Malignant melanoma (MM) is the most deadly type of skin cancer. It results from the uncontrolled growth of melanocytes, which are the cells that produce the dark protective pigment in the skin called melanin. About half of all MM evolves from benign or dysplastic moles; the other half appears on previously normal-appearing skin. However, all MM results from the uncontrolled growth of melanocytes. Excessive sun exposure, especially severe blistering sunburns, is believed to be involved in the development of MM. There is also evidence that ultraviolet (UV) radiation used in indoor tanning booths and beds may also be regarded as a possible cause of MM.
MM can appear anywhere on the skin, even in places not directly exposed to sunlight. The most common site is the back for men and the legs for women. Individuals with darker complexions, such as Asians or African Americans, can also develop MM, especially on the palms of the hands, on the soles of the feet, under the nails, and in the mouth.
Most MM will appear on the skin; however, it will rarely appear in an unusual place, such as the inside of the mouth, genital organ, eyes, brain, and respiratory system. If you have risks factors for MM, don’t forget to mention it to your dentist, gynecologist (if you are a female), and ophthalmologist so they can alert you to any unusual growth.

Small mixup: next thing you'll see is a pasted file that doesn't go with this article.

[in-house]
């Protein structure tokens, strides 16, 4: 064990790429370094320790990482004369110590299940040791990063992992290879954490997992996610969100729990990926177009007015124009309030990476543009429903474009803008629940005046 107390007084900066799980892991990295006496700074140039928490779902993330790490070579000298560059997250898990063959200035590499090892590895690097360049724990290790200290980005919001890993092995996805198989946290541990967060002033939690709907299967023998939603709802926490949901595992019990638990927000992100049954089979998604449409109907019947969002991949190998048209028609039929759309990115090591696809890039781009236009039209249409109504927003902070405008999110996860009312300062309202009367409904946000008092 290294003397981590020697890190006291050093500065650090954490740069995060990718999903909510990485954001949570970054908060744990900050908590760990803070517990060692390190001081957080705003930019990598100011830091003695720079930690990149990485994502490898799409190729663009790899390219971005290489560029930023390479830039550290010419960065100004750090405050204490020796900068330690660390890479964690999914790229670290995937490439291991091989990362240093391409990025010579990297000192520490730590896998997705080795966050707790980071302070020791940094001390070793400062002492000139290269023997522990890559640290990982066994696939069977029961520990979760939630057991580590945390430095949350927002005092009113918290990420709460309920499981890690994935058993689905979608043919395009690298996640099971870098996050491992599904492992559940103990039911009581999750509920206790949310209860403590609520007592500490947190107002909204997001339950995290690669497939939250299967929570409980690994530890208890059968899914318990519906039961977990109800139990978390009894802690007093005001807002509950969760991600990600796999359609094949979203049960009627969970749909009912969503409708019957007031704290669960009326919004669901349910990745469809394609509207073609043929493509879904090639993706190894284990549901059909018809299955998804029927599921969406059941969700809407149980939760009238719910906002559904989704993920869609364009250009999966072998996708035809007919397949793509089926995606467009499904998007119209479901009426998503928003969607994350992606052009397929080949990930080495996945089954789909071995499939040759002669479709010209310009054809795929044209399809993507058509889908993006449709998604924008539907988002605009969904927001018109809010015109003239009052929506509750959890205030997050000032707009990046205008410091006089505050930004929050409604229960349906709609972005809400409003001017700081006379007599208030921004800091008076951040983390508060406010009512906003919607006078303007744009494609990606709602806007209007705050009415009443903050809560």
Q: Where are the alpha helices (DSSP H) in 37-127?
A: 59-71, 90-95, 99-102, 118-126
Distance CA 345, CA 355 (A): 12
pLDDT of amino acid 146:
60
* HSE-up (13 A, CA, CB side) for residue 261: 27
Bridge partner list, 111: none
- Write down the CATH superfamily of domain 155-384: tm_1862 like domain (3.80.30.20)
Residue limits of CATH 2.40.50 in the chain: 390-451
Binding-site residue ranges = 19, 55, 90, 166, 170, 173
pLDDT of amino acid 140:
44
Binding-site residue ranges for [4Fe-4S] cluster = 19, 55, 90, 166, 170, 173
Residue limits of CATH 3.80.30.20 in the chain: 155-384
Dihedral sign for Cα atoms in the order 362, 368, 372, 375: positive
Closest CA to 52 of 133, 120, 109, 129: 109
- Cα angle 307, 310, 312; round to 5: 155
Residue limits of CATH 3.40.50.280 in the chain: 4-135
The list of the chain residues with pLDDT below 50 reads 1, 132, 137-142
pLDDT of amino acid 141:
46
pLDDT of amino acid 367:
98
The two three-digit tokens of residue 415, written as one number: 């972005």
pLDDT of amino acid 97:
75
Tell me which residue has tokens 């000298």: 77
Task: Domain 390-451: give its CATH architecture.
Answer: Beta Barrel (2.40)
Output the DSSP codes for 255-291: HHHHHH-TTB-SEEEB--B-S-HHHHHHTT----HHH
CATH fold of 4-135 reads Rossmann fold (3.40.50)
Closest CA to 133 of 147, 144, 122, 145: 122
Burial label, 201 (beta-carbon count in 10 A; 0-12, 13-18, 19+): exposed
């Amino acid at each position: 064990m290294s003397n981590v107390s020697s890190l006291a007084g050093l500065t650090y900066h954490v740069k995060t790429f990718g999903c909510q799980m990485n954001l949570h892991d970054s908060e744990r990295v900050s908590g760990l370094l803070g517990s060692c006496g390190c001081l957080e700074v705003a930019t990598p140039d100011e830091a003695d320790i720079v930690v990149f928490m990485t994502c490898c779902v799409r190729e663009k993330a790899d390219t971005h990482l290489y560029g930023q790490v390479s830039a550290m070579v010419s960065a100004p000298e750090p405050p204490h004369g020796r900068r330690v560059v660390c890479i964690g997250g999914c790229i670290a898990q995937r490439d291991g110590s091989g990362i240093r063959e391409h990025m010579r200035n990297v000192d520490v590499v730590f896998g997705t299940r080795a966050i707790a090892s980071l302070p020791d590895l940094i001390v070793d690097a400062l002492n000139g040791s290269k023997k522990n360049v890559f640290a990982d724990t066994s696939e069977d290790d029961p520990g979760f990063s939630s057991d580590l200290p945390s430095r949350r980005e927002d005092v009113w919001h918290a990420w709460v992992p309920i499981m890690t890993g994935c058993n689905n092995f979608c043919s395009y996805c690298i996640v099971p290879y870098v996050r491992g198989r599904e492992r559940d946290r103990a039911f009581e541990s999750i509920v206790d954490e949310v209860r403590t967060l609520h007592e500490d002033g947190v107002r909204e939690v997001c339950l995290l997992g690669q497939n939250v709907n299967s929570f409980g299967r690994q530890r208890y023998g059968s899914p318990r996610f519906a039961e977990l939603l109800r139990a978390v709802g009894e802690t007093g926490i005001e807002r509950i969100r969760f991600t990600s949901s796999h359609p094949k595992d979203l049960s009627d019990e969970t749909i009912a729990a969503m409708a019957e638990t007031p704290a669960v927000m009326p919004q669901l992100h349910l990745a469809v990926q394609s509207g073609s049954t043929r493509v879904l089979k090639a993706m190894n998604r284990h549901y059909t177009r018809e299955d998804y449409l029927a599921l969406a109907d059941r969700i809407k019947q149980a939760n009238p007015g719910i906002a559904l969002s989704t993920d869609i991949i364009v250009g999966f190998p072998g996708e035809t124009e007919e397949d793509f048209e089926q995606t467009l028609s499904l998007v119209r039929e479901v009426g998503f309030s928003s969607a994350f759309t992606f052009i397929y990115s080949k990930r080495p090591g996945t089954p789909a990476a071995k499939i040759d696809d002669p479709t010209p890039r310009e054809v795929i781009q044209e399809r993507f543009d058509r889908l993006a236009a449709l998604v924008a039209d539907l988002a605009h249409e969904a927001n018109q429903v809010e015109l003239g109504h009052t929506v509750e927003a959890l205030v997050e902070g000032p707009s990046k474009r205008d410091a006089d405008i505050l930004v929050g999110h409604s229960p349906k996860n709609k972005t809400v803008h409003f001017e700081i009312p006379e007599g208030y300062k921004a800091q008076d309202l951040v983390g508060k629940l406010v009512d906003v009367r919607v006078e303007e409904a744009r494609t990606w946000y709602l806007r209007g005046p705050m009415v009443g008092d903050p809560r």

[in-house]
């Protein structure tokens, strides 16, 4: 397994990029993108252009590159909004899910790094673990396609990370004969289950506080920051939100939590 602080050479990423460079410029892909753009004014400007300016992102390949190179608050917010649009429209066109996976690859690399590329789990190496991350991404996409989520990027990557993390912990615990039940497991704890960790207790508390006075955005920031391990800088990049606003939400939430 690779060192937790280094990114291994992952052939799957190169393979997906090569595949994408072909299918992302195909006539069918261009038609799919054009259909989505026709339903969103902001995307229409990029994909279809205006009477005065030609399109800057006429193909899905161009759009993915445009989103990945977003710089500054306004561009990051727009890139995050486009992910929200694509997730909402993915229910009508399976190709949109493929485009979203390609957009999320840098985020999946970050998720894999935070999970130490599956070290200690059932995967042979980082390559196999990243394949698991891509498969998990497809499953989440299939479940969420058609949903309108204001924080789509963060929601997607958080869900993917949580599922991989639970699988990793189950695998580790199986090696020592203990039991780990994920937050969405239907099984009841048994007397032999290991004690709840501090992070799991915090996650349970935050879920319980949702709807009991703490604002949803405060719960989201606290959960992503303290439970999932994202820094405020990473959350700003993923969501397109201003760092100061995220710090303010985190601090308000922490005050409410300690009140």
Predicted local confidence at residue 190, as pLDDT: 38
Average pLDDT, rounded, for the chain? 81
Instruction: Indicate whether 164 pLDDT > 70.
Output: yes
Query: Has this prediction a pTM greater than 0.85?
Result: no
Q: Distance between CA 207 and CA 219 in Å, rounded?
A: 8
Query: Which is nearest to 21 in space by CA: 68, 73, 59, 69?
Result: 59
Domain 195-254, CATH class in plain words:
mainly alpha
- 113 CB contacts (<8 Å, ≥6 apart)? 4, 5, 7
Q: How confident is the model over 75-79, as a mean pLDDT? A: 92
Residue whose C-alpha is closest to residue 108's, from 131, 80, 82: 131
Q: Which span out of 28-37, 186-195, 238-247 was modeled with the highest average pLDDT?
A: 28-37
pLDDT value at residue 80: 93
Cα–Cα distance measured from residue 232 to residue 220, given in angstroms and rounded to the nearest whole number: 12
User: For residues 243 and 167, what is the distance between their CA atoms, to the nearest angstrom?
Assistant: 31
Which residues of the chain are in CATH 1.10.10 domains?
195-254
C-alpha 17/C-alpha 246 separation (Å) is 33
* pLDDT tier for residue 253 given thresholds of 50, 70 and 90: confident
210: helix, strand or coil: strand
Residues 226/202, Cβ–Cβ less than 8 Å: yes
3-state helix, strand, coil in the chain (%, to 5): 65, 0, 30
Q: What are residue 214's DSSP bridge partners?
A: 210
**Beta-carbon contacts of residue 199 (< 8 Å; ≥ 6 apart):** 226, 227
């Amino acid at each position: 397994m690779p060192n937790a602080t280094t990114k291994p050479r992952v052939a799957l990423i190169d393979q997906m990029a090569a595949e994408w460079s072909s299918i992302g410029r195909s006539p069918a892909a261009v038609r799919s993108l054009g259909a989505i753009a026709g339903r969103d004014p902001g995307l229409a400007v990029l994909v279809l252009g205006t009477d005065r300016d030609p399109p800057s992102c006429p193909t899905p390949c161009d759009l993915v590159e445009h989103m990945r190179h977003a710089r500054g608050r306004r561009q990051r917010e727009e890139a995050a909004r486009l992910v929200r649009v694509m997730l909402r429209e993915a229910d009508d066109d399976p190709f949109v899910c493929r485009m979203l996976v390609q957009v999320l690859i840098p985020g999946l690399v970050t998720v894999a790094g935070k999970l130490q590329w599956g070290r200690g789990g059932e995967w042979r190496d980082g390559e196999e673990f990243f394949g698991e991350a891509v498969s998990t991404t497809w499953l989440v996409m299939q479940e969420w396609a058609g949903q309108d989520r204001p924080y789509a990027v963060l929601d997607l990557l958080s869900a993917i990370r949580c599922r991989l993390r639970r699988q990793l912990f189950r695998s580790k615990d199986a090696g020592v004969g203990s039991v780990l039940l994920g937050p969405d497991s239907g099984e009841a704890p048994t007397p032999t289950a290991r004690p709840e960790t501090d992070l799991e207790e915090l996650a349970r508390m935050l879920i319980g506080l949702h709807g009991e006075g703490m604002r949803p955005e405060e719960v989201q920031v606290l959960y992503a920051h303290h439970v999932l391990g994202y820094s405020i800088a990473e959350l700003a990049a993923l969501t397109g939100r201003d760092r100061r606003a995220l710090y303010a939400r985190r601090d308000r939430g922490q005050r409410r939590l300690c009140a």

MM is curable when detected early, but if not detected and treated early, it can spread to other organs and become fatal. Once MM has spread inside the body, the cure rate greatly diminishes. The more MM invades the skin, the deeper it becomes and, thus, the more likely it spreads inside the body. MM can spread through the lymphatic channels and/or the bloodstream. If MM does spread, it typically spreads through the lymphatic channel to the lymph nodes draining the area. This is referred to as regional metastasis. The lymph nodes are part of the lymphatic system, a series of vessels throughout the body much like blood vessels that are responsible for collecting and cleaning the body’s fluid in the tissues. These vessels drain to local swellings known as lymph nodes, which are located at various areas on the body. If MM spreads through the bloodstream and reaches other organs, these are called distant metastases. The most common distant metastases of MM are in the skin, lung, liver, brain, bone, digestive system, kidney, and heart.
Anyone can get MM, but there are certain risk factors that make some individuals more susceptible to MM than others. Risk factors increase your susceptibility to MM; however, they do not mean you will develop MM.
Risk factors for MM include
- Personal and family (genetic) history
- Fair skin with red hair and blue eyes
- Male over 50 years old
- Increased number of moles: having more than 50 moles increases the risk of malignant melanoma
- Having atypical or dysplastic moles
- Personal history of AK
- Environmental exposure
- Excessive long-term sun and ultraviolet light exposure
- Fair skin and having grown up in a southern region